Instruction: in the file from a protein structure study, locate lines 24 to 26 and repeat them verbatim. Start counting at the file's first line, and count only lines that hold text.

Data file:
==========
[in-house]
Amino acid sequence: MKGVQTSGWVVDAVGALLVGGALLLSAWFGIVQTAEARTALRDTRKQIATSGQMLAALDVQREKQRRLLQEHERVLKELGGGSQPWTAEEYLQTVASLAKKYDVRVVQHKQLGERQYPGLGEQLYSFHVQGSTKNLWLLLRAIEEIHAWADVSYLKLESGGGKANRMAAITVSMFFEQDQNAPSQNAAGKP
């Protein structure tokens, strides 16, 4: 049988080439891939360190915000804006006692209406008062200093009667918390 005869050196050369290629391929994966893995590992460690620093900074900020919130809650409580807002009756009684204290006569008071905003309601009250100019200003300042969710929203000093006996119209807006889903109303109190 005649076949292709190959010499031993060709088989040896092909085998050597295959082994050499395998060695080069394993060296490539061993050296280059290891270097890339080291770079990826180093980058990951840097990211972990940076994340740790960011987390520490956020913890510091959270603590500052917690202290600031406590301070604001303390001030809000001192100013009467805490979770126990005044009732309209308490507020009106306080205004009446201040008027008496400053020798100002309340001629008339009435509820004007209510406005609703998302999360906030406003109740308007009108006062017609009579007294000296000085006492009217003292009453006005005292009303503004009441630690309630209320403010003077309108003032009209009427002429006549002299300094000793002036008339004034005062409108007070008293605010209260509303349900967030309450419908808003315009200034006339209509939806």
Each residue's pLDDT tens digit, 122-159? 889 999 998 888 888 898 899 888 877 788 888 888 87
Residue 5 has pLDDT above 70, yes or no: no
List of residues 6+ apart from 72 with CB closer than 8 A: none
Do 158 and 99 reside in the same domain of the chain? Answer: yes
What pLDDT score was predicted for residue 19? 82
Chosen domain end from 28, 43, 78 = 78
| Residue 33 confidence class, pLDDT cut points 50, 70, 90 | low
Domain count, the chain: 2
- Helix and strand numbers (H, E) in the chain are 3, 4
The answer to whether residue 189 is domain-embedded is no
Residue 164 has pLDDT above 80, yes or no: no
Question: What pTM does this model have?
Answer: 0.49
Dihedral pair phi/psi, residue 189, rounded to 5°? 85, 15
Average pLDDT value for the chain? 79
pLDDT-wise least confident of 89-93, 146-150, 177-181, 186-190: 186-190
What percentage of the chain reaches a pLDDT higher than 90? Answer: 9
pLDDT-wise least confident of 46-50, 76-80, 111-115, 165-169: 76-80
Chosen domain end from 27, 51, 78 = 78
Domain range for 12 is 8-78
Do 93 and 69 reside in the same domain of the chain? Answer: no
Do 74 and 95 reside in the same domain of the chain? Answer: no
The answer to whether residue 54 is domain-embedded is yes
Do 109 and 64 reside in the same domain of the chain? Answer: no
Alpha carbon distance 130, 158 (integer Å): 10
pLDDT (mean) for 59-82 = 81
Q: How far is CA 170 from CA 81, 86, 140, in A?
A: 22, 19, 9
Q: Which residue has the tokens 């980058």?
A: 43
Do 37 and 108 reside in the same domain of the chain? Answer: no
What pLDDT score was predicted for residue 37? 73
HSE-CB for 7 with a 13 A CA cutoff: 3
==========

Do 93 and 69 reside in the same domain of the chain? Answer: no
Do 74 and 95 reside in the same domain of the chain? Answer: no
The answer to whether residue 54 is domain-embedded is yes